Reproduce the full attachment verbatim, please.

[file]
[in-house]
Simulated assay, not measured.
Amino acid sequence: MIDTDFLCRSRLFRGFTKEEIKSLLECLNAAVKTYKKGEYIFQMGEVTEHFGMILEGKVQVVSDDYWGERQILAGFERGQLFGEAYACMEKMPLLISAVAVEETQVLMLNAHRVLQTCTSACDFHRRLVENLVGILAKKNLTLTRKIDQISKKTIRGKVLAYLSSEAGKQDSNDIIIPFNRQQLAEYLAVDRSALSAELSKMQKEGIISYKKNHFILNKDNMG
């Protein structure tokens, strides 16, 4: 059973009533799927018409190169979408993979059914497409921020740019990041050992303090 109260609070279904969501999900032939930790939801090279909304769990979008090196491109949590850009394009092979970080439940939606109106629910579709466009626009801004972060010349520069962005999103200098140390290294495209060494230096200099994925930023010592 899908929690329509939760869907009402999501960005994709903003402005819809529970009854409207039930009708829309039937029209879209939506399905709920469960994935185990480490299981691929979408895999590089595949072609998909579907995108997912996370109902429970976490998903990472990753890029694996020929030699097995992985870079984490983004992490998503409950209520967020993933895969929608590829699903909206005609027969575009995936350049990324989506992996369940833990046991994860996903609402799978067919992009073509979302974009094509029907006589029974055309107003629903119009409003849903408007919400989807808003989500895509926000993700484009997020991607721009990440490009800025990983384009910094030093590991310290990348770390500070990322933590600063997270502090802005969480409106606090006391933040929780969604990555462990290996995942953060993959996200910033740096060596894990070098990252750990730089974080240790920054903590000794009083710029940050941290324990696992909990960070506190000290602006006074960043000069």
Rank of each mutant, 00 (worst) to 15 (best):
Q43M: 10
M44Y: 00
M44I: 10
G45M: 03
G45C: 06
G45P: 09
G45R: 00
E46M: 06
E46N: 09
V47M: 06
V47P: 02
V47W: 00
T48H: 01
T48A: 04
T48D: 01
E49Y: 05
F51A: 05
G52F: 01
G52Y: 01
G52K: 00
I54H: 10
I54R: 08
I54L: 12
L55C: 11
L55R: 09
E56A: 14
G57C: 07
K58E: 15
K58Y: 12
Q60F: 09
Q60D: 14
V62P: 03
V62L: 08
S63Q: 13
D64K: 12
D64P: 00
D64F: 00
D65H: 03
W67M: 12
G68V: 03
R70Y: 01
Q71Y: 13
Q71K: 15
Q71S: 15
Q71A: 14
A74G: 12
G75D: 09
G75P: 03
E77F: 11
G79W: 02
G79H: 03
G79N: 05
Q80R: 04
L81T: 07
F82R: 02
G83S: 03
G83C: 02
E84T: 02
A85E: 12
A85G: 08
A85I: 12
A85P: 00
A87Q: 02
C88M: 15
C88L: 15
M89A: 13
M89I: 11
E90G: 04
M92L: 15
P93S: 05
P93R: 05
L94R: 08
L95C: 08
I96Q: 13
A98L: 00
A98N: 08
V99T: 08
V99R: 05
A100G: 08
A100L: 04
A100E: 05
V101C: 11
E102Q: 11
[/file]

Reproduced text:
[in-house]
Simulated assay, not measured.
Amino acid sequence: MIDTDFLCRSRLFRGFTKEEIKSLLECLNAAVKTYKKGEYIFQMGEVTEHFGMILEGKVQVVSDDYWGERQILAGFERGQLFGEAYACMEKMPLLISAVAVEETQVLMLNAHRVLQTCTSACDFHRRLVENLVGILAKKNLTLTRKIDQISKKTIRGKVLAYLSSEAGKQDSNDIIIPFNRQQLAEYLAVDRSALSAELSKMQKEGIISYKKNHFILNKDNMG
């Protein structure tokens, strides 16, 4: 059973009533799927018409190169979408993979059914497409921020740019990041050992303090 109260609070279904969501999900032939930790939801090279909304769990979008090196491109949590850009394009092979970080439940939606109106629910579709466009626009801004972060010349520069962005999103200098140390290294495209060494230096200099994925930023010592 899908929690329509939760869907009402999501960005994709903003402005819809529970009854409207039930009708829309039937029209879209939506399905709920469960994935185990480490299981691929979408895999590089595949072609998909579907995108997912996370109902429970976490998903990472990753890029694996020929030699097995992985870079984490983004992490998503409950209520967020993933895969929608590829699903909206005609027969575009995936350049990324989506992996369940833990046991994860996903609402799978067919992009073509979302974009094509029907006589029974055309107003629903119009409003849903408007919400989807808003989500895509926000993700484009997020991607721009990440490009800025990983384009910094030093590991310290990348770390500070990322933590600063997270502090802005969480409106606090006391933040929780969604990555462990290996995942953060993959996200910033740096060596894990070098990252750990730089974080240790920054903590000794009083710029940050941290324990696992909990960070506190000290602006006074960043000069």
Rank of each mutant, 00 (worst) to 15 (best):
Q43M: 10
M44Y: 00
M44I: 10
G45M: 03
G45C: 06
G45P: 09
G45R: 00
E46M: 06
E46N: 09
V47M: 06
V47P: 02
V47W: 00
T48H: 01
T48A: 04
T48D: 01
E49Y: 05
F51A: 05
G52F: 01
G52Y: 01
G52K: 00
I54H: 10
I54R: 08
I54L: 12
L55C: 11
L55R: 09
E56A: 14
G57C: 07
K58E: 15
K58Y: 12
Q60F: 09
Q60D: 14
V62P: 03
V62L: 08
S63Q: 13
D64K: 12
D64P: 00
D64F: 00
D65H: 03
W67M: 12
G68V: 03
R70Y: 01
Q71Y: 13
Q71K: 15
Q71S: 15
Q71A: 14
A74G: 12
G75D: 09
G75P: 03
E77F: 11
G79W: 02
G79H: 03
G79N: 05
Q80R: 04
L81T: 07
F82R: 02
G83S: 03
G83C: 02
E84T: 02
A85E: 12
A85G: 08
A85I: 12
A85P: 00
A87Q: 02
C88M: 15
C88L: 15
M89A: 13
M89I: 11
E90G: 04
M92L: 15
P93S: 05
P93R: 05
L94R: 08
L95C: 08
I96Q: 13
A98L: 00
A98N: 08
V99T: 08
V99R: 05
A100G: 08
A100L: 04
A100E: 05
V101C: 11
E102Q: 11